Pneumonectomy for lung cancer: Contemporary national early morbidity and mortality outcomes

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Abstract

Objective

The study objective was to determine contemporary early outcomes associated with pneumonectomy for lung cancer and to identify their predictors using a nationally representative general thoracic surgery database (EPITHOR).

Methods

After discarding inconsistent files, a group of 4498 patients who underwent elective pneumonectomy for primary lung cancer between 2003 and 2013 was selected. Logistic regression analysis was performed on variables for mortality and major adverse events. Then, a propensity score analysis was adjusted for imbalances in baseline characteristics between patients with or without neoadjuvant treatment.

Results

Operative mortality was 7.8%. Surgical, cardiovascular, pulmonary, and infectious complications rates were 14.9%, 14.1%, 11.5%, and 2.7%, respectively. None of these complications were predicted by the performance of a neoadjuvant therapy. Operative mortality analysis, adjusted for the propensity scores, identified age greater than 65 years (odds ratio [OR], 2.1; 95% confidence interval [CI], 1.5–2.9; P < .001), underweight body mass index category (OR, 2.2; 95% CI, 1.2–4.0; P = .009), American Society of Anesthesiologists score of 3 or greater (OR, 2.310; 95% CI, 1.615–3.304; P < .001), right laterality of the procedure (OR, 1.8; 95% CI, 1.1–2.4; P = .011), performance of an extended pneumonectomy (OR, 1.5; 95% CI, 1.1–2.1; P = .018), and absence of systematic lymphadenectomy (OR, 2.9; 95% CI, 1.1–7.8; P = .027) as risk predictors. Induction therapy (OR, 0.63; 95% CI, 0.5–0.9; P = .005) and overweight body mass index category (OR, 0.60; 95% CI, 0.4–0.9; P = .033) were protective factors.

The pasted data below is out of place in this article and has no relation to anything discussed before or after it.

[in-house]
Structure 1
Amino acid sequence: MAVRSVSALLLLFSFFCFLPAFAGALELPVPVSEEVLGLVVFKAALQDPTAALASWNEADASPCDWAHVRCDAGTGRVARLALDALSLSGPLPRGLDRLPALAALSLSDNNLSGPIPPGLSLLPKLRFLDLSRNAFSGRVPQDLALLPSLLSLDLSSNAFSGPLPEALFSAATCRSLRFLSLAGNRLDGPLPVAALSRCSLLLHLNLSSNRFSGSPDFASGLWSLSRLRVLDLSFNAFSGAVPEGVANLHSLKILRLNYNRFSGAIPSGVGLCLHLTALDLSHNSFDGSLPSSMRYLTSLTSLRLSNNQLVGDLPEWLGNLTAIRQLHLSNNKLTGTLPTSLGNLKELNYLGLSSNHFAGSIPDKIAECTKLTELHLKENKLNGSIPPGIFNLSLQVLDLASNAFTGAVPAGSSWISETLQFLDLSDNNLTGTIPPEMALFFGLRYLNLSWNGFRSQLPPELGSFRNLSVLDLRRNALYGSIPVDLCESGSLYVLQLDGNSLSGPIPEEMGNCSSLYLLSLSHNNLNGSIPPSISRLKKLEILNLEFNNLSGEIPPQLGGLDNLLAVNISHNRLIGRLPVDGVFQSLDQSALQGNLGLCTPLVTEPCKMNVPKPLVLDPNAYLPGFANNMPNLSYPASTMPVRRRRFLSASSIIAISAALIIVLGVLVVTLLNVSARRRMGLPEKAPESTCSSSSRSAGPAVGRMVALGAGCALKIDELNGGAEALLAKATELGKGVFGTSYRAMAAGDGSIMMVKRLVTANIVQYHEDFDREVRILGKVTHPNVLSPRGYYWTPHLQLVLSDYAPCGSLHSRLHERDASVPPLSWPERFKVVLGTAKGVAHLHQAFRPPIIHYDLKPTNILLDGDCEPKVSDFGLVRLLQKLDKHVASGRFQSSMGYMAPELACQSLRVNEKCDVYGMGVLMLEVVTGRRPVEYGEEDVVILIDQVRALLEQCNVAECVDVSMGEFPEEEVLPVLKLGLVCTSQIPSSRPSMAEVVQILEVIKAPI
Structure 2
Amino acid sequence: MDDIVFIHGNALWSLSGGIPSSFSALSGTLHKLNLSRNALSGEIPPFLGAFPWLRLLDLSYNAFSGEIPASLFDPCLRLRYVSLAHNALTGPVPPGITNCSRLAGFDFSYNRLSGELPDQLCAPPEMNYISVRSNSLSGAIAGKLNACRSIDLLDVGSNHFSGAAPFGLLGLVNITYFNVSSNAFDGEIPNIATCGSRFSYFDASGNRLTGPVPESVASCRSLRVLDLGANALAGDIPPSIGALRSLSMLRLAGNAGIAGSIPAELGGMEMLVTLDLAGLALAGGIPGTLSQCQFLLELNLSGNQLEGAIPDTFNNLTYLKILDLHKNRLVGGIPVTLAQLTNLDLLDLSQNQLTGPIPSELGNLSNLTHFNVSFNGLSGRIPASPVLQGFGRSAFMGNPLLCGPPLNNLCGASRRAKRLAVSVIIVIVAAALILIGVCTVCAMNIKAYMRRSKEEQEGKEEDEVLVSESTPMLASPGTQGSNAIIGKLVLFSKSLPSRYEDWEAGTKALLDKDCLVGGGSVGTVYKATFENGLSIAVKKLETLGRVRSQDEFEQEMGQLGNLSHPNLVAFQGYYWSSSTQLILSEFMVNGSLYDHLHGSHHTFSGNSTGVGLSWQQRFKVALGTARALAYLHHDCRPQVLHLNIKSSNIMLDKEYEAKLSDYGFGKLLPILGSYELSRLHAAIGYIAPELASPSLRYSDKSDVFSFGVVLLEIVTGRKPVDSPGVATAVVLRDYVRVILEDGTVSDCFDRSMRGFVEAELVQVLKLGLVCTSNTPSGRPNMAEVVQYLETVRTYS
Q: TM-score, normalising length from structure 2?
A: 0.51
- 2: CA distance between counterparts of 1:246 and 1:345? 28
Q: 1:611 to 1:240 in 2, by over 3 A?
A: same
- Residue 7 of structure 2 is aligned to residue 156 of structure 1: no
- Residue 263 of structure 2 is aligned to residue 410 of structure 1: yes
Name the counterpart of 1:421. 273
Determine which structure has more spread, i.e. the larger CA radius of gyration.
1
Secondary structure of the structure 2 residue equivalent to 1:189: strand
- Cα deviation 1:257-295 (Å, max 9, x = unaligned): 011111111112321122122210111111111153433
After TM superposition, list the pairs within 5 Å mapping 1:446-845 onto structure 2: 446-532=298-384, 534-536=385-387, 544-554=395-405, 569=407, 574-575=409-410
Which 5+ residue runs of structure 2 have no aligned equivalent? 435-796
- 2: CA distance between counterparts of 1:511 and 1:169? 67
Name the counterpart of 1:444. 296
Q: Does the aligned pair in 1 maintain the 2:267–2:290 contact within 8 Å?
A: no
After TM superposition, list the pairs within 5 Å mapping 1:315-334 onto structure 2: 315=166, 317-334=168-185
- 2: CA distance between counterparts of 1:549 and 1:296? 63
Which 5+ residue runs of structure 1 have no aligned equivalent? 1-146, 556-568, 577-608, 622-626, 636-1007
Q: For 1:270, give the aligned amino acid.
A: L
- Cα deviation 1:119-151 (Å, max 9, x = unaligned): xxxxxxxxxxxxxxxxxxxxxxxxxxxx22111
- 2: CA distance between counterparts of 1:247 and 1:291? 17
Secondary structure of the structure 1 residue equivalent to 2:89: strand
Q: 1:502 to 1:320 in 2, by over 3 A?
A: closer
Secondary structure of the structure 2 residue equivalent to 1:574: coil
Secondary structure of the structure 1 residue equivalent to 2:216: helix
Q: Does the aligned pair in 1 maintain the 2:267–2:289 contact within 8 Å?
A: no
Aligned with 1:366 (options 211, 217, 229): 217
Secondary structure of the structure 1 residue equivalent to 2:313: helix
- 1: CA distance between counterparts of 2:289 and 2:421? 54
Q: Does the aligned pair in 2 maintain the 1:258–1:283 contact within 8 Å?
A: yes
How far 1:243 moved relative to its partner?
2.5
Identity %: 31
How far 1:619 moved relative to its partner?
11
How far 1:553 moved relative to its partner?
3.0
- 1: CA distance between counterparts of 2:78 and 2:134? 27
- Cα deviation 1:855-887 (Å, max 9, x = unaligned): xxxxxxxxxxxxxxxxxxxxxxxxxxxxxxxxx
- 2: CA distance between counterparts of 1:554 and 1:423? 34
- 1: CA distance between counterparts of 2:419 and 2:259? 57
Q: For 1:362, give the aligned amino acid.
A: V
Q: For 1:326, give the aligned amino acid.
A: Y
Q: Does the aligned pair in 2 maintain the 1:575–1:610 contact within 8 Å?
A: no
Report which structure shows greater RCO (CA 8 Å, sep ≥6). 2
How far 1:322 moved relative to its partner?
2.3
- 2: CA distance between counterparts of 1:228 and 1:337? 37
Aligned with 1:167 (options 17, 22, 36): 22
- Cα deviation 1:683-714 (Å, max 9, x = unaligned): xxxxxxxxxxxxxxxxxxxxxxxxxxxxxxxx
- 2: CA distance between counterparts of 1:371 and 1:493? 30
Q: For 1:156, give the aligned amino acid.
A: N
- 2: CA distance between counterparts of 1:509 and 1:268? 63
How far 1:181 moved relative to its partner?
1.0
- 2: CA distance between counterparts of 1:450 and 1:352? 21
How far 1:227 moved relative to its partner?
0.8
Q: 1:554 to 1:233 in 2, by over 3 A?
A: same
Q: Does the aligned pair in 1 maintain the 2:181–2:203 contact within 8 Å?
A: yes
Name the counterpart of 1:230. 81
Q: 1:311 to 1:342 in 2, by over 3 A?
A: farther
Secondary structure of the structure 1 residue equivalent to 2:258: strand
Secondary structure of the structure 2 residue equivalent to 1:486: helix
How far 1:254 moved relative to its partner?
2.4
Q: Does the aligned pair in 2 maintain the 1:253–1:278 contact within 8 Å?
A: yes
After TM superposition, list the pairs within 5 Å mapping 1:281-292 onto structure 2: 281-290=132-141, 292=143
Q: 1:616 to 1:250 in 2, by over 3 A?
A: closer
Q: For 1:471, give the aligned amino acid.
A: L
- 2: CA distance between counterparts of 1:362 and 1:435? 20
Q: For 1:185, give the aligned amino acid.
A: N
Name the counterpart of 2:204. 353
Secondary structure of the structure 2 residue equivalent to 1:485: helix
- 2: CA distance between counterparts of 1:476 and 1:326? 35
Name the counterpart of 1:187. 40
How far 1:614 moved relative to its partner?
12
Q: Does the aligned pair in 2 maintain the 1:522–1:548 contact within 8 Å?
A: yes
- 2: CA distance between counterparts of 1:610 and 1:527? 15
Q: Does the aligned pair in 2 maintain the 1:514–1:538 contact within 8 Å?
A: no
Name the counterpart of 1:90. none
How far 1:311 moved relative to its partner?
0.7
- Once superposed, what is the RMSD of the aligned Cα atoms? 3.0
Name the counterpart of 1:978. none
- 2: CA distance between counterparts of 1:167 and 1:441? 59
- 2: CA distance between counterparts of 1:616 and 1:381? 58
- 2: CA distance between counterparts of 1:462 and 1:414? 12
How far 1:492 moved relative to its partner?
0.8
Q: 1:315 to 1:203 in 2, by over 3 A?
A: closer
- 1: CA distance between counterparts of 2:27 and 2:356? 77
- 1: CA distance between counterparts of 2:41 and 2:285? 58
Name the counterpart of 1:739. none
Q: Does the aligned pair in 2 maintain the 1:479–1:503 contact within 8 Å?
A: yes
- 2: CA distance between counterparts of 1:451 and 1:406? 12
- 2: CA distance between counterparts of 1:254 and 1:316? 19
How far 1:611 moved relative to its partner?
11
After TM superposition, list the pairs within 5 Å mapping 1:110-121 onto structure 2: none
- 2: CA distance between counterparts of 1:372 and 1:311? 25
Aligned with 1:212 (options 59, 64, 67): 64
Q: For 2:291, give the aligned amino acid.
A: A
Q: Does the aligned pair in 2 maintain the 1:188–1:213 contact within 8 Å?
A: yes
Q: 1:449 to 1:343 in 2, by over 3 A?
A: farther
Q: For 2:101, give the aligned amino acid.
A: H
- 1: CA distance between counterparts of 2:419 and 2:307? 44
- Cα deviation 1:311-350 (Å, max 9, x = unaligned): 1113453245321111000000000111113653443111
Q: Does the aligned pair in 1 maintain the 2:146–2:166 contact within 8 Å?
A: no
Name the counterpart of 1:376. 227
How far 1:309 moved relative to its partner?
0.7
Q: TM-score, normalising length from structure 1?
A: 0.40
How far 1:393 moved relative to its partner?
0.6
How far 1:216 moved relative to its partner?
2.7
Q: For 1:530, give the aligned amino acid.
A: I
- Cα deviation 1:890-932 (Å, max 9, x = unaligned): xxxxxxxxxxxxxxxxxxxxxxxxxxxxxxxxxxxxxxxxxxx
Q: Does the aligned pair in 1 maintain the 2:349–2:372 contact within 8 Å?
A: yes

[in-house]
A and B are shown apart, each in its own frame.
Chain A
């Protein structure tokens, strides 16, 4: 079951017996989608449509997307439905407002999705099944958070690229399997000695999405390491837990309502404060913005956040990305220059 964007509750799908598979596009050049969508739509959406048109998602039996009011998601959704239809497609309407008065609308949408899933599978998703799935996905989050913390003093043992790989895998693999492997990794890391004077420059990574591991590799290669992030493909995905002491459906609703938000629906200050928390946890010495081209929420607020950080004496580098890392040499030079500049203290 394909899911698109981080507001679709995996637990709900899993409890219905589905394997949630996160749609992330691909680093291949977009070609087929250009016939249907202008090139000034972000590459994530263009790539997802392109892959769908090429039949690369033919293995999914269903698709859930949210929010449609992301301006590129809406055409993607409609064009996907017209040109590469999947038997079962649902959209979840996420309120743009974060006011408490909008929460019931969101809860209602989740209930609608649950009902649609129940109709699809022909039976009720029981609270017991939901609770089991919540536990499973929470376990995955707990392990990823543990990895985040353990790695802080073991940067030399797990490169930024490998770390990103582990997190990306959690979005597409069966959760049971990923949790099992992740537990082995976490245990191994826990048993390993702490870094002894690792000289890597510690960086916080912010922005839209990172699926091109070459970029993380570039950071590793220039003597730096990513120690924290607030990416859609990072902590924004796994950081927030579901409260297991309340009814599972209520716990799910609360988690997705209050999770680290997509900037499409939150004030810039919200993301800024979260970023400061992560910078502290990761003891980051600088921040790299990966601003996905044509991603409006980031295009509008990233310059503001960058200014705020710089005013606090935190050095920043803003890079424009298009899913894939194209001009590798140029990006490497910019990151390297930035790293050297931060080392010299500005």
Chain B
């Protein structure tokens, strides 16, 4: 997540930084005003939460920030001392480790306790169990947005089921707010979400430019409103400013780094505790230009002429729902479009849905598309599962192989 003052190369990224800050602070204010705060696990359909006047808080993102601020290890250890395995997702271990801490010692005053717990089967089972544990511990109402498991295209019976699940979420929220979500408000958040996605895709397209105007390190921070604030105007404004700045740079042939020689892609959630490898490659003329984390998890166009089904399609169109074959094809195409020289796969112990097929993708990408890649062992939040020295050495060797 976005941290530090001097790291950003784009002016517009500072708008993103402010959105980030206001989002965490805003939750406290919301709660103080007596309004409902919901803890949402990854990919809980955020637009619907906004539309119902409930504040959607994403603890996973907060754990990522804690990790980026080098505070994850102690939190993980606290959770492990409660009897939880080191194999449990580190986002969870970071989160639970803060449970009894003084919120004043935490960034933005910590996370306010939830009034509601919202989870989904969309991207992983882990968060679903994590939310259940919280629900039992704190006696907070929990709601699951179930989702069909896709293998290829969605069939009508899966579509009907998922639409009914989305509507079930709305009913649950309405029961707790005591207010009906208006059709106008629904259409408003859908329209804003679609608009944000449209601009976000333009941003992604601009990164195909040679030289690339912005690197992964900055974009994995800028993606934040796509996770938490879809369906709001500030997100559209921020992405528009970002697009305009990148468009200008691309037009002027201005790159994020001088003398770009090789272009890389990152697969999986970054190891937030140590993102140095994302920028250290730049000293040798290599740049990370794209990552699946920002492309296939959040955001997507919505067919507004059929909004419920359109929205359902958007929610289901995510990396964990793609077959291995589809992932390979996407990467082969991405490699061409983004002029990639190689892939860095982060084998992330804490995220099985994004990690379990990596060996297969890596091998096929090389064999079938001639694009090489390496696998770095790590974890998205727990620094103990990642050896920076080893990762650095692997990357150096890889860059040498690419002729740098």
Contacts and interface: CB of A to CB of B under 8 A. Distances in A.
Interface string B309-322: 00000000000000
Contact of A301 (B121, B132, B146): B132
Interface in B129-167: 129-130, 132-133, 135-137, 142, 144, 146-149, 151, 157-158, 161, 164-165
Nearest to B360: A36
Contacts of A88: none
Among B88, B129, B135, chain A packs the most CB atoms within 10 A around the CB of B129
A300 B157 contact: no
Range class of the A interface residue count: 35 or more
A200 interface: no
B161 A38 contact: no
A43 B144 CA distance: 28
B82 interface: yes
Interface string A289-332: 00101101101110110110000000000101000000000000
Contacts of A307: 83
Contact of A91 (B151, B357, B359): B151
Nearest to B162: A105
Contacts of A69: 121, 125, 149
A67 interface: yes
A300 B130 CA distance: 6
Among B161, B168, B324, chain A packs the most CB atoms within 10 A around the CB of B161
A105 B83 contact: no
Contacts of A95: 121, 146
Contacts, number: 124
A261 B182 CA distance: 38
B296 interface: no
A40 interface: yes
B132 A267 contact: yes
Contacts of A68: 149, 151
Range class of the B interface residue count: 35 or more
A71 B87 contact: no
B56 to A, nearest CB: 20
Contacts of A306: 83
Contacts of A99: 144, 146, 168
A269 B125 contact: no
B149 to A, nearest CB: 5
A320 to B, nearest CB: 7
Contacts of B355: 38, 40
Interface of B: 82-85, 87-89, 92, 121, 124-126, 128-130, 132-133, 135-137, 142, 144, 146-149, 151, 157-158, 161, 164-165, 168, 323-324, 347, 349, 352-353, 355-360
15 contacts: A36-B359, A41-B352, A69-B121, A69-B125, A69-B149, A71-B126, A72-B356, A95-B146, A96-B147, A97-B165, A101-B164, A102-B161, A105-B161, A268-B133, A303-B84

Conclusions

Several risk factors for major adverse early outcomes after pneumonectomy for cancer were identified. Overweight patients and those who received induction therapy had paradoxically lower adjusted risks of mortality.

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